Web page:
With Uganda’s star attraction being the mountain gorilla it’s easy to overlook the many other primates that make their home in the jungles of Uganda. Bwindi National Park plays host to at least 10 species of primate and Kabale National Park is home to 13 primate species, more than any other East African park. The list of primates that can be found include the red-tailed L’Hoest, blue monkeys, grey-cheeked mangabey, red colobus, black and white colobus, habituated chimpanzees and the baboon. Kibale National Park is especially famous for its primates and as such Chimpanzee tracking can be incredible in this region of Uganda.
There are 5 recognised sub-species of chimpanzee within Africa; Uganda is home to the ‘Pan Troglodytes Schweinfurthii’ sub-species, also known as the Eastern Common Chimpanzee. Unfortunately, contrary to its more wildly used name, the Eastern Common Chimpanzee is actually classified as endangered. In fact populations of chimpanzees have already been wiped out in 5 central African countries. Fortunately Uganda has in recent years adopted a very successful conservation strategy, with the money made through National Park fees, gorilla tracking permits, chimpanzee tracking permits, etc being reinvested into the conservation of Uganda’s native wildlife. Consequently a recent chimpanzee census has actually shown that numbers of chimpanzees have actually grown in recent years. Today Uganda is possibly the best place in the whole of Africa for chimpanzee tracking, and Kibale National Park with the highest density of wild chimpanzees
Uganda also boasts some of the greatest locations in the world for bird watching. Bwindi National Park is a sanctuary for 350 species of bird and Lake Mburo National Park is a sanctuary for 357 species of bird. These include Uganda’s National Bird the crested crane, the marabou stork, bronze-tailed starling, bee-eaters and even more exotic birds such as the blue-naped coucal and the Nubian woodpecker. Uganda is also home of the rare shoebill stork of which only 1000 are left in the wild. On an average 2 week bird spotting tour of Uganda it is not uncommon to see over 400 different species of bird. Few other countries can boast such wildlife density!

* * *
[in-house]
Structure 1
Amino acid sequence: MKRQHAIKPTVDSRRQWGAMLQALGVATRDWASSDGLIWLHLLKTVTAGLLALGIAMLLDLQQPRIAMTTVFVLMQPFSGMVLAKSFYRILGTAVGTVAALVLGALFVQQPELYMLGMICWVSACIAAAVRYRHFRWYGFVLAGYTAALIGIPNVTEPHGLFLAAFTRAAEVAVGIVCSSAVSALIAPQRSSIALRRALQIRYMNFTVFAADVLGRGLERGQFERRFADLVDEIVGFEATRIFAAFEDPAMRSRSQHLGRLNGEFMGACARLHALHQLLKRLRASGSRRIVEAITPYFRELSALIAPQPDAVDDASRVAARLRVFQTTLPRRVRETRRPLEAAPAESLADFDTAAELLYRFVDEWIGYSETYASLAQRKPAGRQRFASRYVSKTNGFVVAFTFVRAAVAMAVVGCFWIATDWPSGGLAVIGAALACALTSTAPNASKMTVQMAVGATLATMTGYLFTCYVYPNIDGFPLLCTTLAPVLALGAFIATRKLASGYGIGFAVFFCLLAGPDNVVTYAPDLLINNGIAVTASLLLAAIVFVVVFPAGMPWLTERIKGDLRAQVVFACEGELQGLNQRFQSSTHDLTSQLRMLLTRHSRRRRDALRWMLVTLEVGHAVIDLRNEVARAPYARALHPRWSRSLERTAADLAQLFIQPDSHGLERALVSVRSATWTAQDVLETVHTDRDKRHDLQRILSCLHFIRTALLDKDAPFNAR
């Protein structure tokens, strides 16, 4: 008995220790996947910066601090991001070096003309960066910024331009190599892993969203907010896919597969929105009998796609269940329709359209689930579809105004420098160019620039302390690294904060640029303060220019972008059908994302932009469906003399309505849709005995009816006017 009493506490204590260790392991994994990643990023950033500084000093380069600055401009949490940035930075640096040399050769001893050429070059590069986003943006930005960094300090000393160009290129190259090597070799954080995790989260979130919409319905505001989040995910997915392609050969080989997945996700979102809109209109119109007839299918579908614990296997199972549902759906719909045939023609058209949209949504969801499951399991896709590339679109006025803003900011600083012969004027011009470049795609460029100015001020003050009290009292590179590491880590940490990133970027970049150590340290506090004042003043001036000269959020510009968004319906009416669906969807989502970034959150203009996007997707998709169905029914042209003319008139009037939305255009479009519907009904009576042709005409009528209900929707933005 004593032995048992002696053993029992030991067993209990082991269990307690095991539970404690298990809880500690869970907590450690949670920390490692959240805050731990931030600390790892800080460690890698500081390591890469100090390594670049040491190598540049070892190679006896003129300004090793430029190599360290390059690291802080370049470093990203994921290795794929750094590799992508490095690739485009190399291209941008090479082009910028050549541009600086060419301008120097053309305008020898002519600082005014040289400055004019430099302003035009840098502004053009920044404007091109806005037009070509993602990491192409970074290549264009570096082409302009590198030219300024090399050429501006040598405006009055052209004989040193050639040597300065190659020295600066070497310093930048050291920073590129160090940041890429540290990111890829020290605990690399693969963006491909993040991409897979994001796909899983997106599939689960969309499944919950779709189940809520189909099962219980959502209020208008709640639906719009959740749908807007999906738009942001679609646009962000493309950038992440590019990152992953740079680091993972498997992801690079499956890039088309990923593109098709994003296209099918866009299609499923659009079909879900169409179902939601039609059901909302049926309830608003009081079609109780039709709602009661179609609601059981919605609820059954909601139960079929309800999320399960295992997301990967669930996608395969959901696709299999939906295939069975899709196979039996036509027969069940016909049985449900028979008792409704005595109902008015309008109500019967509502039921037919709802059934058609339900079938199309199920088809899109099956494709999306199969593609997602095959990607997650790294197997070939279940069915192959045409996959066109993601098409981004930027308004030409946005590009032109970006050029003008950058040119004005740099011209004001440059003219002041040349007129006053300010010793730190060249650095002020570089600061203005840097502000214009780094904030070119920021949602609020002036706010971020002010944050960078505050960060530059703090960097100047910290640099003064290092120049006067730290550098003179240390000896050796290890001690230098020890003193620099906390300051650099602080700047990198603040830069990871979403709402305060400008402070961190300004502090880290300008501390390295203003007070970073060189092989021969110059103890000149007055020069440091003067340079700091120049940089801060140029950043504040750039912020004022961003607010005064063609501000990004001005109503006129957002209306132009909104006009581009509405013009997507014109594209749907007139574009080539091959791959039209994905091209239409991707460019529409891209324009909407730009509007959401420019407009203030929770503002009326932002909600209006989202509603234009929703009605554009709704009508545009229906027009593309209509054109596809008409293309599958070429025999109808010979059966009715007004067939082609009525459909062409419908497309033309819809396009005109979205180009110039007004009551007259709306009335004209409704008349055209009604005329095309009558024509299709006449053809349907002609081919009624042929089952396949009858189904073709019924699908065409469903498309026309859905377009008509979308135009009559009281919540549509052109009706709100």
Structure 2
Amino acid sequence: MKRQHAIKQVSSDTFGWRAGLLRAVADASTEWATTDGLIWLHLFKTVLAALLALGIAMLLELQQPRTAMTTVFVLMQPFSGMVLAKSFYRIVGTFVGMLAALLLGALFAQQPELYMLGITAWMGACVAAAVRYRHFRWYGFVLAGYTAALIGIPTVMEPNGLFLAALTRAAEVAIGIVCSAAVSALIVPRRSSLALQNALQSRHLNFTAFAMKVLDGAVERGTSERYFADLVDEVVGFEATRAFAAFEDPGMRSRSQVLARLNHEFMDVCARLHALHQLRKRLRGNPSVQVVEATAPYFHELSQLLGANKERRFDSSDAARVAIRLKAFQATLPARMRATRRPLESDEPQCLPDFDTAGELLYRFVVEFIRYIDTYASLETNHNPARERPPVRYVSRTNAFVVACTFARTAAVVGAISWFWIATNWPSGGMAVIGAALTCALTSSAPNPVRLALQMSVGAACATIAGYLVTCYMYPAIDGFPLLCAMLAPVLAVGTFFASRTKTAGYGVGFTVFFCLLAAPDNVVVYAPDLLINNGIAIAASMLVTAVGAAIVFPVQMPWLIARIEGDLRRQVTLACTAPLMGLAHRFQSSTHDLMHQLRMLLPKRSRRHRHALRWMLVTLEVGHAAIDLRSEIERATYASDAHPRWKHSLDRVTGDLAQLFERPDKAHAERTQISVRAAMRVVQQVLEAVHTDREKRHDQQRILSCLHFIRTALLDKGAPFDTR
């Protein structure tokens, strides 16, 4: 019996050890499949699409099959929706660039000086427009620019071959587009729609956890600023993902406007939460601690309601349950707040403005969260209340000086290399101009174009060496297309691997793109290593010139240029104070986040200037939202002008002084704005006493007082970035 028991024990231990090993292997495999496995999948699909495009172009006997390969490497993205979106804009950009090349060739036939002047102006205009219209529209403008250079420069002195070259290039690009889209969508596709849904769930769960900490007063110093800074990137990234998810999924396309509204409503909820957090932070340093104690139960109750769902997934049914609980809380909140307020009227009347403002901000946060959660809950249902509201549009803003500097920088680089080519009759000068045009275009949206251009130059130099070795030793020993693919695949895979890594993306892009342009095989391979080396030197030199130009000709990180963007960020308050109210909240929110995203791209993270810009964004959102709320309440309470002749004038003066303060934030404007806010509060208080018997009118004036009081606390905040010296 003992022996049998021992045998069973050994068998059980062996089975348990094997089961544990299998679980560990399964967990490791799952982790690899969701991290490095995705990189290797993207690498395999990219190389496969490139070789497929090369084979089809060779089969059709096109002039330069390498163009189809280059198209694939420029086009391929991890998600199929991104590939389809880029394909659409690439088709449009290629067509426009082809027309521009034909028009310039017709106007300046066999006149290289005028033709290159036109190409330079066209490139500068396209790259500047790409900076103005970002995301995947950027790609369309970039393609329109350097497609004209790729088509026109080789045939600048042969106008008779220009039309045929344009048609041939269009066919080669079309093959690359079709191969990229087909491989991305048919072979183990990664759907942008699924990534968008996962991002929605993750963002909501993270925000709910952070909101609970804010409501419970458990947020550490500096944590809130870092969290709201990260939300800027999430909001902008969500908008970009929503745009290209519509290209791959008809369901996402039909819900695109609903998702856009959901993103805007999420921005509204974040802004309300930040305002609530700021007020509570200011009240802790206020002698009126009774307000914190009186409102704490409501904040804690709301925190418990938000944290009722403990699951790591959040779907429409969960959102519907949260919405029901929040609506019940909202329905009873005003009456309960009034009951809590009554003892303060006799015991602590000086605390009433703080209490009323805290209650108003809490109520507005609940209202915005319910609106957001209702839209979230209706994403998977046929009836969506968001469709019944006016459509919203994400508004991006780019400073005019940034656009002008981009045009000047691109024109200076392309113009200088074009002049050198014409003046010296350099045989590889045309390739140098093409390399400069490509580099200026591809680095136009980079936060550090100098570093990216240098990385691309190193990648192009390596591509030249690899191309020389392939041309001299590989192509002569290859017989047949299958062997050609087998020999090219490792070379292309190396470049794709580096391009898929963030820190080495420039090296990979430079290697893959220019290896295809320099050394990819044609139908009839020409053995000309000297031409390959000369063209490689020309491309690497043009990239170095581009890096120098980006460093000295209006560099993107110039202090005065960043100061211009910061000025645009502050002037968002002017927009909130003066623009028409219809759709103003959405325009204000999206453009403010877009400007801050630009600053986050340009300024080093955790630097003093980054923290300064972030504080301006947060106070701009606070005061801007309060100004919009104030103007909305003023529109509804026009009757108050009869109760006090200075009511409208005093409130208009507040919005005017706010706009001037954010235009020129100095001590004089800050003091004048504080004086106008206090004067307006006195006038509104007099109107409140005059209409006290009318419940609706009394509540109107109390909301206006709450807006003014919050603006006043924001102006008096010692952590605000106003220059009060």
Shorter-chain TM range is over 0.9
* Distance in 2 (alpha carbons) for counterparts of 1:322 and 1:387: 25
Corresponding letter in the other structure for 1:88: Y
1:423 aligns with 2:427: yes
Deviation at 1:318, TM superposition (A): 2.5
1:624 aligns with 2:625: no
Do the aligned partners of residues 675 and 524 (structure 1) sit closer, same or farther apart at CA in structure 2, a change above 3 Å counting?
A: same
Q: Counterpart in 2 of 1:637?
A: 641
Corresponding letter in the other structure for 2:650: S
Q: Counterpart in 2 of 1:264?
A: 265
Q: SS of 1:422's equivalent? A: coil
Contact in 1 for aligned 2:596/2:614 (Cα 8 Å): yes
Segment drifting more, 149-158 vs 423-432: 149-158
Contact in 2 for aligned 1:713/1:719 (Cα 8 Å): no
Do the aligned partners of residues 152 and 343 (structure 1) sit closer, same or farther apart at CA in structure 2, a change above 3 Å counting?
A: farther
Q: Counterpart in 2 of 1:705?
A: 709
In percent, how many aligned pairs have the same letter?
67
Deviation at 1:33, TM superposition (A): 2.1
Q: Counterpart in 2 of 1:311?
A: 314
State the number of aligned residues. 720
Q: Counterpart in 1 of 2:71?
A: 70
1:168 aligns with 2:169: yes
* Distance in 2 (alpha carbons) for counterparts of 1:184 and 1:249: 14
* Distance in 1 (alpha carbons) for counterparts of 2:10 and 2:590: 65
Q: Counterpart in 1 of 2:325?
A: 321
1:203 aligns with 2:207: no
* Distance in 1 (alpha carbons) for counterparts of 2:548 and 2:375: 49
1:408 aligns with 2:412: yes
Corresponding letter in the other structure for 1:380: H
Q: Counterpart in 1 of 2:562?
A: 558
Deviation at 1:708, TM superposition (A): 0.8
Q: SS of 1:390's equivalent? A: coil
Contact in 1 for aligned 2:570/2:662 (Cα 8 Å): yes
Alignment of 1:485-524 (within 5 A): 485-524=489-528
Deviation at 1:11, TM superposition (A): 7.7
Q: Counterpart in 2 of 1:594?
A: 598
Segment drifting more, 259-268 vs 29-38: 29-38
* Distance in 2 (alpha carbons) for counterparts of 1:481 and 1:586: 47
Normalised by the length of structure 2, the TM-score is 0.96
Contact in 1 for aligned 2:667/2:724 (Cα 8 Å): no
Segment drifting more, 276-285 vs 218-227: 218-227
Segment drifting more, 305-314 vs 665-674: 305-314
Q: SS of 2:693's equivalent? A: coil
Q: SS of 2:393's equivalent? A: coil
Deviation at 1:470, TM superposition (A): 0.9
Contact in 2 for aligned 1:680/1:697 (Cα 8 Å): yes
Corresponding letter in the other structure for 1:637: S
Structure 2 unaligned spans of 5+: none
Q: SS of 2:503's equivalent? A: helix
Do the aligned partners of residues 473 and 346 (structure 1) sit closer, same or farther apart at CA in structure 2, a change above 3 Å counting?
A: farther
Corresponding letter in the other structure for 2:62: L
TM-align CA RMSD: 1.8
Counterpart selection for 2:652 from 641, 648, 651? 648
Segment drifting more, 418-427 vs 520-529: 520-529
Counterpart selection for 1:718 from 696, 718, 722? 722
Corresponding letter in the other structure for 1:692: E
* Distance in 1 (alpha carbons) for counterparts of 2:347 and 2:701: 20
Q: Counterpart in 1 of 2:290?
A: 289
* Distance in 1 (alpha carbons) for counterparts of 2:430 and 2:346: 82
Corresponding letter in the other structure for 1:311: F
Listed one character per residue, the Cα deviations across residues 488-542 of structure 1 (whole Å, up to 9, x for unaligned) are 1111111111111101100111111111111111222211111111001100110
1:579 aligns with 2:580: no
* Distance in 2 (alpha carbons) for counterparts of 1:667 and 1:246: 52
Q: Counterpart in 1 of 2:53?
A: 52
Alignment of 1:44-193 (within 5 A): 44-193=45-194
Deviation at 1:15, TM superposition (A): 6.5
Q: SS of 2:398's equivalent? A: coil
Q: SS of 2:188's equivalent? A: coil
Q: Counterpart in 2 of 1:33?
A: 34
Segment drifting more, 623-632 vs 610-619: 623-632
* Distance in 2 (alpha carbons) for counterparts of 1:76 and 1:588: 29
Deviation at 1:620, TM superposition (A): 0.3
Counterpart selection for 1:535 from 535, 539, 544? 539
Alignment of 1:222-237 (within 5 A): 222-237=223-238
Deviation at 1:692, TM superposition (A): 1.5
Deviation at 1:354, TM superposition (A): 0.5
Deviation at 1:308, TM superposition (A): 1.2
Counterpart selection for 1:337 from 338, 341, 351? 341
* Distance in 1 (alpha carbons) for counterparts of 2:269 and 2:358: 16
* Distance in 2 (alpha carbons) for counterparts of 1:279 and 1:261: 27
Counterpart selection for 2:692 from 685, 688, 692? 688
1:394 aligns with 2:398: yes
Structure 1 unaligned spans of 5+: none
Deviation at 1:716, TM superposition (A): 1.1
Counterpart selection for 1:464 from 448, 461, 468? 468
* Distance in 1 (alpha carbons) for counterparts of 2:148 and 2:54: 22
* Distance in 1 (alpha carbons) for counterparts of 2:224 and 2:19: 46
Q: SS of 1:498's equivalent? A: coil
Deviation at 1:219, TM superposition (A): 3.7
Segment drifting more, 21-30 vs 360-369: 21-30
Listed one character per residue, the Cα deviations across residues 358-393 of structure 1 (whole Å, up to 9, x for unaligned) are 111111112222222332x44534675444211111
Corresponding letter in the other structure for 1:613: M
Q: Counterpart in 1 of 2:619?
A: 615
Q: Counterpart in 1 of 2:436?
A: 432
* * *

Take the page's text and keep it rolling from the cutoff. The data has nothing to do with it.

In stark contrast to many other African holiday destinations, Uganda is a well watered, fertile land covered in dense forest and waterways. Gorilla Tracking in Uganda is a huge attraction and is the highlight of many safaris to this unique country.
“The Ugandan forests of Bwindi are home to the rarest and most majestic of all the apes, the mountain gorilla”
There are few wildlife experiences that can compare to tracking a family of mountain gorillas through the thick, tropical rainforests of Uganda. George Schaller famously stated that “No one who looks into a gorilla’s eyes – intelligent, gentle, vulnerable – can remain unchanged, for the gap between ape and human vanishes, we know that the gorilla still lives with in us”
With approximately 50% of the world’s mountain gorilla population, it’s easy to see why we call Uganda the ‘Land of the Mountain Gorilla’. The best place in all of Uganda to witness the mountain gorilla is Bwindi National Park (read our Gorilla Tracking experiences), it’s estimated that 330 gorilla live here. Bwindi is very heavily forested so it is wise to be prepared for some tough mountain gorilla tracking, but it will all be worth it as soon as you catch your first glimpse of these amazing animals. The other park that is inhabited by a mountain gorilla troop is the Mgahinga Gorilla National Park. However this park is at the confluence of the Democratic Republic of Congo and Rwanda and the troops range can take them into these other countries
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